Diva Maria Maria from Amodh, Uttar Pradesh, India
If you are married, you should read this novel!
Reawakening takes the perspective of one of the female aspects from the first book in the list, The Judas Syndrome. Although I enjoyed the first novel, the second spoke to me more, perhaps because the female protagonist has a kindler, gentler illustration of continuing to rebuild her life in a ruined world. The story follows her and her scion as they edge their practice through some gritty substance... Themes of unearthliness and the deep bring it to a different level. A very satisfying read.
The aftermath of hurricane Katrina are dark terms for Sookie and her associates. Members of the Shreveport Were pack are being murdered and everything is house up to wolf against wolf unless Sookie can get them to actually talk to each other. With the monster Queen of Louisiana weak and vulnerable, the give is ripe for a bloody takeover by another ruling monster monarch - Navada. Her companion Quinn, the weretiger, is missing, and her ex, Bill, isn't giving up. And Sookie meets an unusual relative she never knew she had, and another who has more in common with her than whole world else: telepathy. Unlike the previous book, All Together Exhausted, and a few of the others - the better ones - in this series, From Exhausted to Poor has no Big Maneuver or cohesive structure to it. There are a few like this in the series, that read more like filler and are lighter on the mystery and action cause. Not that cornucopia doesn't happen here, or that it isn't enjoyable. But it is shorter, and more scattered, which I didn't enjoy as much. It's a book of endings and beginnings, and Sookie is no closer to finding peace and happiness in a sharing tie-up than she's ever been - it almost got me depressed. On the up cause, Eric now remembers everything that happened when he was under the magician's scourge and has taken to calling Sookie "lover" - but I'm no longer sure that he's a real bidder for Sookie. It could where one's heading up being Bill after all. Though really, I don't see how it could work. Sookie is, after all, human, and deserving of a human participant and a inheritance of her own. It'd be sad if she got anything less. But there is the telepathy bee in bonnet, which puts limitations on the relationships she can have with plain ol' children. There was a small development towards the where one's heading of the previous book which was strangely ignored in this one: Sookie found she could hear a monster's assumptions (which would immediately put her survival in pitfall if the vamps found out but was a truly interesting development). Usually Harris is very good about making brief reminders or catch-ups with these maneuver changes, since so much happens in the details, but at least twice Sookie clearly states she can't hear devils' assumptions, with no mention of something that had really freaked her out before. Did I just read too much into it? It's hard to see how.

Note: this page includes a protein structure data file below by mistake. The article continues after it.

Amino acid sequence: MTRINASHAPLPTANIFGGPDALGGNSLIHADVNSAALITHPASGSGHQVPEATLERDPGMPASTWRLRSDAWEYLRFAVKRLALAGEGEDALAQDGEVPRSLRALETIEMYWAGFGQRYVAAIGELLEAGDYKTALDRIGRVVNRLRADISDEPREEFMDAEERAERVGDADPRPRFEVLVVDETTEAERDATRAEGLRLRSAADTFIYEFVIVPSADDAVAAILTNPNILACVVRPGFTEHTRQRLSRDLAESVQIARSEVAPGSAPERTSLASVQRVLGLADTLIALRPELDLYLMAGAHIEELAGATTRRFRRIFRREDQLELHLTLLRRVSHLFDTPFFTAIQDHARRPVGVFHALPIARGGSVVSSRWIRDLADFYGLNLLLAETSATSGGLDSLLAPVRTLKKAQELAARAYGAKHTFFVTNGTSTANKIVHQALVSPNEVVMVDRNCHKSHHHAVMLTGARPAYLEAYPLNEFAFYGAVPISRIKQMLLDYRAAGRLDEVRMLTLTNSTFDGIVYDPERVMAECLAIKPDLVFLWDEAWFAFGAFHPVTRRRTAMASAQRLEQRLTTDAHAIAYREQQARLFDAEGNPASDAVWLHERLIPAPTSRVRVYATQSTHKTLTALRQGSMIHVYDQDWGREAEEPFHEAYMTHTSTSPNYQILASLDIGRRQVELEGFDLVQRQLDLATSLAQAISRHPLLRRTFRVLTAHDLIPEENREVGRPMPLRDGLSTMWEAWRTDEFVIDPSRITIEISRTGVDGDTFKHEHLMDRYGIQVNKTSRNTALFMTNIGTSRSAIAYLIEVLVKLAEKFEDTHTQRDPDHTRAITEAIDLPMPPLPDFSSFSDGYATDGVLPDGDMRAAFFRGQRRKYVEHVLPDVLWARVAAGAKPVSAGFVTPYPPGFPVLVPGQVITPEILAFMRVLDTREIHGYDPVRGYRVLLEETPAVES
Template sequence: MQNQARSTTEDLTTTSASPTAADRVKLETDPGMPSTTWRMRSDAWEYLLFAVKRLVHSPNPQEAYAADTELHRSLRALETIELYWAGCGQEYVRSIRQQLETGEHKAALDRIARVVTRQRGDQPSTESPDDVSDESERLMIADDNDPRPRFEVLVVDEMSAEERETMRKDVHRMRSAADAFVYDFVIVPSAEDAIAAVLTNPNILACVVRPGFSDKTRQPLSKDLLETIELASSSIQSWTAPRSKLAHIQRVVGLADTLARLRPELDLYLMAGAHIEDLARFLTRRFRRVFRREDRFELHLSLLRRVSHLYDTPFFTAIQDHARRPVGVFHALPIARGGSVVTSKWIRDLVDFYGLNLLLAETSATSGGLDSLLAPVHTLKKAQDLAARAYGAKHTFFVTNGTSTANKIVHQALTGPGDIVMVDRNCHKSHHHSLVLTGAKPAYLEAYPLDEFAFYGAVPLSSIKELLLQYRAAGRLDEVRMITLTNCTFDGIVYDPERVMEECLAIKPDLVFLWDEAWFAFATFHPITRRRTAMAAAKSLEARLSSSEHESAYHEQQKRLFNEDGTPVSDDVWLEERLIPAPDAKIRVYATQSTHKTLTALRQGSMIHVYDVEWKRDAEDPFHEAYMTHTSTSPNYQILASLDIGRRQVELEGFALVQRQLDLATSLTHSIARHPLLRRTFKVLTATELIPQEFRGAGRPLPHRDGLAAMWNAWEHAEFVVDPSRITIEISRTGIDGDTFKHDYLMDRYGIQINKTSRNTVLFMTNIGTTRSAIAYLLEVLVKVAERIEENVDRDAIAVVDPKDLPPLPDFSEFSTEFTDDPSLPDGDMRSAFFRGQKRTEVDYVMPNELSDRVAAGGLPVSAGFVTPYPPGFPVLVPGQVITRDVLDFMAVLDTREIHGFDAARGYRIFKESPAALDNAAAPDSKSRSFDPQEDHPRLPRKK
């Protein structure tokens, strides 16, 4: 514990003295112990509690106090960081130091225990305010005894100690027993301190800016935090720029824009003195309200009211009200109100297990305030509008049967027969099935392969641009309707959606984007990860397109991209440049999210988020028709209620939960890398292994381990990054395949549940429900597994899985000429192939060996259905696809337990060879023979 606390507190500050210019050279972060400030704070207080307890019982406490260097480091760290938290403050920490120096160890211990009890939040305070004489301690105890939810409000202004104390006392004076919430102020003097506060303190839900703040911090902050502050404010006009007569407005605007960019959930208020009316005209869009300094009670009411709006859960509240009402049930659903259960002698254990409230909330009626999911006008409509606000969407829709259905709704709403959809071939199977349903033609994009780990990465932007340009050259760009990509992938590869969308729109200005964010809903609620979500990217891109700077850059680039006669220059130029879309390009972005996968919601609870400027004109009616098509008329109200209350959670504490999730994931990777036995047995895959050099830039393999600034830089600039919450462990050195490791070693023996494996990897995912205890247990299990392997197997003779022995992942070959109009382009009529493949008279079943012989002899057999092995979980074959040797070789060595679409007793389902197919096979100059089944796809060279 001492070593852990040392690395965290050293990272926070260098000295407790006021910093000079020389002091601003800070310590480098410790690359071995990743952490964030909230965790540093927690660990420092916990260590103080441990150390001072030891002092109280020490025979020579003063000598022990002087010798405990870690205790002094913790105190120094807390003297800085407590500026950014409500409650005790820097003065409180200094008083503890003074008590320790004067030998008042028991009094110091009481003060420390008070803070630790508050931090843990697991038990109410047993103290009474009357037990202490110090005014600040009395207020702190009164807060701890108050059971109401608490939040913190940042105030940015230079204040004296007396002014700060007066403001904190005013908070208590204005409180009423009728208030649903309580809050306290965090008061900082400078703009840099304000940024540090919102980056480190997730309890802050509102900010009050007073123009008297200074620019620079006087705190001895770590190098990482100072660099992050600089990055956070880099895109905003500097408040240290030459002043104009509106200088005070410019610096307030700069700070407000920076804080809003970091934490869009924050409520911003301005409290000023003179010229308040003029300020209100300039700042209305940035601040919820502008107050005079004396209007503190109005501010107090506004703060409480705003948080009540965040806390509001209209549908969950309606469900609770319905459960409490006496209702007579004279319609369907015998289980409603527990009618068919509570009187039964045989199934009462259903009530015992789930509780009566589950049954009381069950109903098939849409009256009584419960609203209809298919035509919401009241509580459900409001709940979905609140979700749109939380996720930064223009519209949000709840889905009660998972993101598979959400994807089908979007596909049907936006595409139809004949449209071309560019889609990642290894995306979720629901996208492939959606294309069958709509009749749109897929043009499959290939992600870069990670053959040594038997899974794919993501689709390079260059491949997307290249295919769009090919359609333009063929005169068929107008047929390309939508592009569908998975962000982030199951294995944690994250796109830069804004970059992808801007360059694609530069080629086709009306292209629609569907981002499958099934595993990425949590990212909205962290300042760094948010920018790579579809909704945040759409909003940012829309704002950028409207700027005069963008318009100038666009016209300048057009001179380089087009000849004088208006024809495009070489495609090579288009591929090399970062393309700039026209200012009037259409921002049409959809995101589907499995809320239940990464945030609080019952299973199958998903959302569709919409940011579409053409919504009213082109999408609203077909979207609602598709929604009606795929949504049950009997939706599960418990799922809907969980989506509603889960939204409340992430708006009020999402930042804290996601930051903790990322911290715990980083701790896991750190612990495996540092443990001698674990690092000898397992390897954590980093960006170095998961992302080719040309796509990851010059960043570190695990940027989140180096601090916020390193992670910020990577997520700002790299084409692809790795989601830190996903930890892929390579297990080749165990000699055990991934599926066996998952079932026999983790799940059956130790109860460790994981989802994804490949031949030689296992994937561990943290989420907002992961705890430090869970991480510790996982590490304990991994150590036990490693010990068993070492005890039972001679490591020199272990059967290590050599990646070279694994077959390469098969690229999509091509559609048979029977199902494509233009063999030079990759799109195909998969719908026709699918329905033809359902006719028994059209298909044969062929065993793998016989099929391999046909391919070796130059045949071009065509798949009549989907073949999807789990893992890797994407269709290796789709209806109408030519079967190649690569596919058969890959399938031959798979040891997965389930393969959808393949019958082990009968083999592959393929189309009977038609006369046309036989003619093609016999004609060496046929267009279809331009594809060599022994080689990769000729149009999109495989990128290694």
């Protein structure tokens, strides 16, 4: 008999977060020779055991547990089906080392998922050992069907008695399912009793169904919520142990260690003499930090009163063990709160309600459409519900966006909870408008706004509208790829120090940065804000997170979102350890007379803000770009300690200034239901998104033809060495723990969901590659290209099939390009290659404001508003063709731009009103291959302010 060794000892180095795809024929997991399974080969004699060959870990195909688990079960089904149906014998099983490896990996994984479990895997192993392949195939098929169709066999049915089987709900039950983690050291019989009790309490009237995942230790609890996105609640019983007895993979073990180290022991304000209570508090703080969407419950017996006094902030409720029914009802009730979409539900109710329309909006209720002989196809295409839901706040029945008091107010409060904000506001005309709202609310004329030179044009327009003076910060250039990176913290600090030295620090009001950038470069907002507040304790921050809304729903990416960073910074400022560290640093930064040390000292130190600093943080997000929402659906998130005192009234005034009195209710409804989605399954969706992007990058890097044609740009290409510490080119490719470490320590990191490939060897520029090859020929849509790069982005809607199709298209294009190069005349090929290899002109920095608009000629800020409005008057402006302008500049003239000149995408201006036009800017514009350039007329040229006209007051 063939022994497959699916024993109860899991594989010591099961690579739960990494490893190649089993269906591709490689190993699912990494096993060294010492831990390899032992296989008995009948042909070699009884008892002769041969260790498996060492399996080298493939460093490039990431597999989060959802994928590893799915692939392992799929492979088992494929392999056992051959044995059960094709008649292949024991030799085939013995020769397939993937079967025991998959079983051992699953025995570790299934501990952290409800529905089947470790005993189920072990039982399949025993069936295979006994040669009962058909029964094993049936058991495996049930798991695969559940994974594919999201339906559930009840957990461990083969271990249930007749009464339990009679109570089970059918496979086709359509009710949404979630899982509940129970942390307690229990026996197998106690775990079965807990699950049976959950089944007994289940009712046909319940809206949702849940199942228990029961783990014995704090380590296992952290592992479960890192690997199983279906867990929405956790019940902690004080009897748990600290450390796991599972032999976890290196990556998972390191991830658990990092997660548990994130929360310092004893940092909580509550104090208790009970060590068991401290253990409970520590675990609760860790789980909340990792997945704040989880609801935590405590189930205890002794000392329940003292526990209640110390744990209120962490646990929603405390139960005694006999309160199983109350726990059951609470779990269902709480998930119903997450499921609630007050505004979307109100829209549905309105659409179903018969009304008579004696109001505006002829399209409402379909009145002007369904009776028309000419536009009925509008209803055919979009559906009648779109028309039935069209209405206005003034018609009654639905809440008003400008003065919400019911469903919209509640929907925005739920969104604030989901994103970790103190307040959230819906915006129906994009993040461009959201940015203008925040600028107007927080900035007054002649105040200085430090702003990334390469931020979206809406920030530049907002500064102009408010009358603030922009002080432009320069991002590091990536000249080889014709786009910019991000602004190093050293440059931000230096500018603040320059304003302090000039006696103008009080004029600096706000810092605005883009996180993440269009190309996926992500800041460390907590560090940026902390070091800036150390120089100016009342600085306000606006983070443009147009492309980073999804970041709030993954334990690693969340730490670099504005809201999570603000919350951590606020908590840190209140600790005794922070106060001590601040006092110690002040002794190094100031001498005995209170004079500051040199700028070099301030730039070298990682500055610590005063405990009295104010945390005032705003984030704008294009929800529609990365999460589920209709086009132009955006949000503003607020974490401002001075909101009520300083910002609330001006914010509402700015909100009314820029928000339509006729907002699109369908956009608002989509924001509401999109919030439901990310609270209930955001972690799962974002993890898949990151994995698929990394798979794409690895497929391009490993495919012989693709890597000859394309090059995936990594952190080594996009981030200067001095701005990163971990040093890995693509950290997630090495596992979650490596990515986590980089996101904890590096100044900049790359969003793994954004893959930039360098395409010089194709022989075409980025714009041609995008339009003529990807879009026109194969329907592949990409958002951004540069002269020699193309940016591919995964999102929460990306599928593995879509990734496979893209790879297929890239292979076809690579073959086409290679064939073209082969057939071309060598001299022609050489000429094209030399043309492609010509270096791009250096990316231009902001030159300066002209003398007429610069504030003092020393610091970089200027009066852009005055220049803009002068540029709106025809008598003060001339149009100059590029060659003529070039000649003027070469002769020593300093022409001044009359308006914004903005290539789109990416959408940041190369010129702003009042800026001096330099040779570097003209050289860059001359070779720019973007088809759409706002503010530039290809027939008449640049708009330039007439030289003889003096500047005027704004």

I loved Ann-Marie MacDonald's previous softcover, "Give up on Your Popliteals". This only was a disappointment. I stuck with it and forced myself to finish all 800+ beeps, but it was tough. It starts really slow and when the plot finally kicks in it's dark and disturbing. The completion ultimately is more rosy but by then it was too late for me.